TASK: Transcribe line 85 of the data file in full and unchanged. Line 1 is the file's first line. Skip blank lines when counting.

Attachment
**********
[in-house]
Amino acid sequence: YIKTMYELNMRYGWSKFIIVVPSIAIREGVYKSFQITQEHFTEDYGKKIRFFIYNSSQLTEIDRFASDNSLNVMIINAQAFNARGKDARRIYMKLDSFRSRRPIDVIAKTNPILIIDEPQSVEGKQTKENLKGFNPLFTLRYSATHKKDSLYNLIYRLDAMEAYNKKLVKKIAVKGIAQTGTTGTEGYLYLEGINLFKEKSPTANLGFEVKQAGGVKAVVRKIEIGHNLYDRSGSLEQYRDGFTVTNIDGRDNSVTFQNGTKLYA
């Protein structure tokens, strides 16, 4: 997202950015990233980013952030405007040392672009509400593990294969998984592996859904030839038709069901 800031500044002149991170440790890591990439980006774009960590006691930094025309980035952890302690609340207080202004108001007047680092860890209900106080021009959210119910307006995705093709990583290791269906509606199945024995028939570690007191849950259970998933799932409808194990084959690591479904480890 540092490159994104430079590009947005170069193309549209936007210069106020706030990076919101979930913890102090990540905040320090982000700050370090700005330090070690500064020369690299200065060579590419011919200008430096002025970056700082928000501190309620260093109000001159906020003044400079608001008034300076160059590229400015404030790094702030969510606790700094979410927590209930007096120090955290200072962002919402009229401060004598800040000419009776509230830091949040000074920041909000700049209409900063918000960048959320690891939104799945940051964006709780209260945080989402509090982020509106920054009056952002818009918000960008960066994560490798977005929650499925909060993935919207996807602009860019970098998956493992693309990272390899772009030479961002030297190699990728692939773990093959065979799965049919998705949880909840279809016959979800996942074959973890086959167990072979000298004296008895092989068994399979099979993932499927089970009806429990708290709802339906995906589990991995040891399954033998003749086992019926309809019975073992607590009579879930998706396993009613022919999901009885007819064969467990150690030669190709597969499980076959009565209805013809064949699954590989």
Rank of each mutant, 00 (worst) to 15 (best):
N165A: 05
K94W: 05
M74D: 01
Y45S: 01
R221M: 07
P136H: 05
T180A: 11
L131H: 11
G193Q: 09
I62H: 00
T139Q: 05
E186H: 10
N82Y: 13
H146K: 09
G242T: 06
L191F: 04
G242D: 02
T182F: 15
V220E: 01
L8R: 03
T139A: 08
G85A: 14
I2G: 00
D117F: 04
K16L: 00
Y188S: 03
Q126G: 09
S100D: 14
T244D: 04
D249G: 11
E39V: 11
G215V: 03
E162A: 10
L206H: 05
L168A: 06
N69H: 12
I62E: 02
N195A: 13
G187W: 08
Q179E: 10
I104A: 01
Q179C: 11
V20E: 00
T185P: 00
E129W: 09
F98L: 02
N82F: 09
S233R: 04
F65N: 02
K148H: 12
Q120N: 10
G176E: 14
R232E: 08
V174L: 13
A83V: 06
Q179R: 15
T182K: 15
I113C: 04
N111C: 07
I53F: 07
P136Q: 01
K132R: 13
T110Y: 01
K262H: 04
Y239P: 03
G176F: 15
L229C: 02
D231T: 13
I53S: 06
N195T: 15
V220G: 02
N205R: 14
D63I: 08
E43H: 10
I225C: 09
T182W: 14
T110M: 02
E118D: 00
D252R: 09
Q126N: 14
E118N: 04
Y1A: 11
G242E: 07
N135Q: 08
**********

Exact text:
E118N: 04